The records involved are known as cell-site location information (CSLI). Your smartphone is continually seeking the nearest cell-phone antenna. Every time it connects to one it generates a time-stamped record that is collected and stored by the wireless carrier for various business purposes. The CSLI provides the location of the phone, but it is only an approximate location, since the antenna’s signal can extend for miles. Nevertheless, it’s easy to see how this information could help the police catch someone whose phone just happened to be located in the area of multiple robberies — four of them in Carpenter’s case. In fact, according to the prosecutors, the data seemed to have clinched the case. Carpenter was convicted of federal robbery and gun crimes and sentenced to 100 years in prison.

It’s crucial to understand why the Stored Communications Act didn’t require a warrant. Congress didn’t think the Fourth Amendment applied to this situation because the phone records don’t belong to the phone user; they belong to the wireless company. The phone user (so Congress believed) has no privacy interest in these records: He didn’t create them, possess them, use them, or store them. Had the police sought to examine the contents of Carpenter’s phone, it would have been a different story, since the content on a phone is simply a modern version of the “papers and effects” protected by the very words of the Fourth Amendment. But for information generated by a cell phone and stored by the phone company, Congress thought a mere subpoena sufficed.

Why would Congress think this? Because the Supreme Court had more or less explicitly said so, in cases dating back to the 1970s.

The Fourth Amendment says that “the right of the people to be secure in their persons, houses, papers, and effects, against unreasonable searches and seizures, shall not be violated.” Until the 1960s the Supreme Court interpreted these words to protect only the property listed in the provision: persons, houses, papers, and effects. But in a landmark 1967 case, Katz v. United States, involving the electronic recording of a phone conversation, the Court expanded the protection to activities for which there is a “reasonable expectation of privacy.”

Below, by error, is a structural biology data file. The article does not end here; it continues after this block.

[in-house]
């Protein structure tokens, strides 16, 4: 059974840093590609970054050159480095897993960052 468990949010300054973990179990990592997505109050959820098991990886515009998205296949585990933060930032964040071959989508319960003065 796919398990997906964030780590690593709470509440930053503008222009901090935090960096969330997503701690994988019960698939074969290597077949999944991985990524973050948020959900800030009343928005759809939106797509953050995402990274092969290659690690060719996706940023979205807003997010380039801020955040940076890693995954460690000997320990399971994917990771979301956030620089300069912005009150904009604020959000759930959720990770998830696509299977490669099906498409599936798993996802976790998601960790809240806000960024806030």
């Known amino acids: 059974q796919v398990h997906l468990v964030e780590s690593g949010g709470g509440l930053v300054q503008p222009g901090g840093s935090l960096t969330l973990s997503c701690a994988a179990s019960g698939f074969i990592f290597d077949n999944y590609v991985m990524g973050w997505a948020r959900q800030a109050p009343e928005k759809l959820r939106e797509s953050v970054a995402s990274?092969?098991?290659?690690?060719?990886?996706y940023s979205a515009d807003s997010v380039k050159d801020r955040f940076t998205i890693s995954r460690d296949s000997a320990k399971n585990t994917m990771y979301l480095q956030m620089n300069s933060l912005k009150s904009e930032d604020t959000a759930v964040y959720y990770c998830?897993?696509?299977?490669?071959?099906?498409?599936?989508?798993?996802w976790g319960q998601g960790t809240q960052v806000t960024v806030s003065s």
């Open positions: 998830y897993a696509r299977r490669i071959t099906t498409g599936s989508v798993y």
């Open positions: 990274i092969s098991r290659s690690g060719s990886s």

This standard was nebulous; it empowered the courts to determine which activities were protected and which not. And in doing so, the Supreme Court carved out exceptions for certain data that — while many people would consider them private — were created and kept by a third party for business purposes. In United States v. Miller (1976), the Court ruled that bank records containing sensitive information are not protected by the Fourth Amendment — meaning that investigators looking for criminal money laundering, for instance, can subpoena the records of every deposit the target ever made to a bank for years.

A second case, Smith v. Maryland (1979), held that investigators’ use of a device that recorded the outgoing phone numbers dialed on a landline phone was not a search in the Fourth Amendment sense, either. The Court “doubted that people in general entertain any actual expectation of privacy in the numbers they dial,” and found that in any event, such an expectation “is not one that society is prepared to recognize as reasonable.”